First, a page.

Neurons that remain active even after the triggering stimulus has been silenced form the basis of short-term memory. The brain uses rhythmically active neurons to combine larger groups of neurons into functional units. Until now, neuroscientists have, for the most part, studied these and other properties with the help of network models, each of which is only able to recreate a single property. Scientists at the Max Planck Institute for Brain Research in Frankfurt have now shown how the new model can be used to investigate multiple properties in parallel. According to their calculations, all the properties share a common basis: ion channels in the cell membrane that control how strongly neurons are electrically stimulated. The emergence of these properties does not require synaptic plasticity – a finding that helps explain, for example, why some psychoactive drugs can have far-reaching side effects.
"What I cannot create, I do not understand." True to this observation by the American physicist Richard Feynman, neuroscientists are endeavouring to virtually model the human brain inside a computer. They are focussing specifically on the cerebral cortex, which is responsible for the higher cognitive abilities.
One of the computer models of the cerebral cortex developed in recent years is known as the Stabilized Supralinear Network (SNN) model. It is based, among other things, on the assumption that the relation between input and output signals is not linear. The virtual neurons of the model are designed so that a slight increase in input can result in a dramatically amplified output. The SSN consists of elements that mutually activate or inhibit each other, just as the brain consists of stimulating and inhibiting neurons. On the other hand, the connections between the elements, i.e. the virtual synapses, are immutable. Thus, unlike synapses in the cerebral cortex, connections in the SSN cannot be augmented or attenuated.
Earlier studies had shown that the SSN embodies important properties for processing input signals similar to the centres of the cerebral cortex that process visual information. They include, for example, normalization of visual stimuli of various strengths, amplification of activity for weak contrasts and suppression of neighbouring stimuli. Could such a network also form the basis for other properties of the cerebral cortex?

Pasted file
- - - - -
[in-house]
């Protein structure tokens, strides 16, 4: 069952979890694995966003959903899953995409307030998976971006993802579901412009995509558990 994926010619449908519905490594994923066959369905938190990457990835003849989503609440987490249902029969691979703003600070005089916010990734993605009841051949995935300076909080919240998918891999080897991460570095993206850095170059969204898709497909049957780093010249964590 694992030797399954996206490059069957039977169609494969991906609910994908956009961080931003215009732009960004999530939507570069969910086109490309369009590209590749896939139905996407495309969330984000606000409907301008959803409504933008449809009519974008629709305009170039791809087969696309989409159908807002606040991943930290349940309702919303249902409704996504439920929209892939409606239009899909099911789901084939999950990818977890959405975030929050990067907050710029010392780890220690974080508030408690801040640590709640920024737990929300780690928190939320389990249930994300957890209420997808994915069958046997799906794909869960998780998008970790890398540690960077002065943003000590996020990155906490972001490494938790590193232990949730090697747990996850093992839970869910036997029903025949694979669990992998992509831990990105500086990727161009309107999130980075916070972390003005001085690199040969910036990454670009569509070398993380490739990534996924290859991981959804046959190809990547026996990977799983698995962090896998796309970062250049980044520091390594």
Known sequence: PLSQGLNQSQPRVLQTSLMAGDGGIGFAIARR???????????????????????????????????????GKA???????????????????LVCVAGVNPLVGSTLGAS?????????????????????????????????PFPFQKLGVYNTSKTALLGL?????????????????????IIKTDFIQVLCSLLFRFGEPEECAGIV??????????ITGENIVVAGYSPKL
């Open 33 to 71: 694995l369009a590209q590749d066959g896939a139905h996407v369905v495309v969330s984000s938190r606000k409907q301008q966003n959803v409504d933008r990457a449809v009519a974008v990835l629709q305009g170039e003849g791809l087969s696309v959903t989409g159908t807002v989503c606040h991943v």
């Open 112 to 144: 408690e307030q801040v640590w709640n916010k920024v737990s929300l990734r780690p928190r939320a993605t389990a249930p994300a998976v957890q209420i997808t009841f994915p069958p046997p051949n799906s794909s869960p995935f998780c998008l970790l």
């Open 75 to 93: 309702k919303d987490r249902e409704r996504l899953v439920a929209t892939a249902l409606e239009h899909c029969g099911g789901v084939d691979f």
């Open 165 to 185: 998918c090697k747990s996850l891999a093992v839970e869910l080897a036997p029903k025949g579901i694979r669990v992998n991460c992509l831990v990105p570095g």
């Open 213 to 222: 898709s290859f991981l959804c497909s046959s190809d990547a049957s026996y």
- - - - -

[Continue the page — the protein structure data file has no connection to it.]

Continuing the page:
According to analyses carried out by the scientists at the Max Planck Institute for Brain Research, that is in fact the case. For example, the virtual neurons of the SSN remain permanently active – even after the original activation signal has been silenced. "This is a prerequisite for the short-term storage or sensory information, meaning the brain's working memory," says Nataliya Kraynyukova of the Max Planck Institute for Brain Research. Moreover, the network model can generate rhythmical activity. Such waxing and waning signals are typical characteristic of the cerebral cortex and appear as wave-like activity patterns on electroencephalograms.
Short-term memory without synaptic plasticity
The findings show that wide-ranging abilities such as short-term memory and normalization of contrast signals might share a common neuronal basis, namely ion channels in the cell membrane. Synaptic plasticity is not required. "That astonished us, because it has been thought for years that synaptic plasticity is a key mechanism for the storage of information in the brain. Evidently, however, this does not apply to short-term memory," Tatjana Tchumatchenko says.
The new findings also help explain why some psychoactive drugs have undesirable side effects in addition to their desired main effect: Some drugs alter the activity of certain ion channels in the brain. "Many drugs for epilepsy and migraine, for example carbamazepine and topiramate, block the activity of potential-triggered sodium channels. We now know that this can impact on important activities of the brain and, for example, affect short-term memory," Tchumatchenko explains.
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Nataliya Kraynyukova et al. Stabilized supralinear network can give rise to bistable, oscillatory, and persistent activity, Proceedings of the National Academy of Sciences (2018). DOI: 10.1073/pnas.1700080115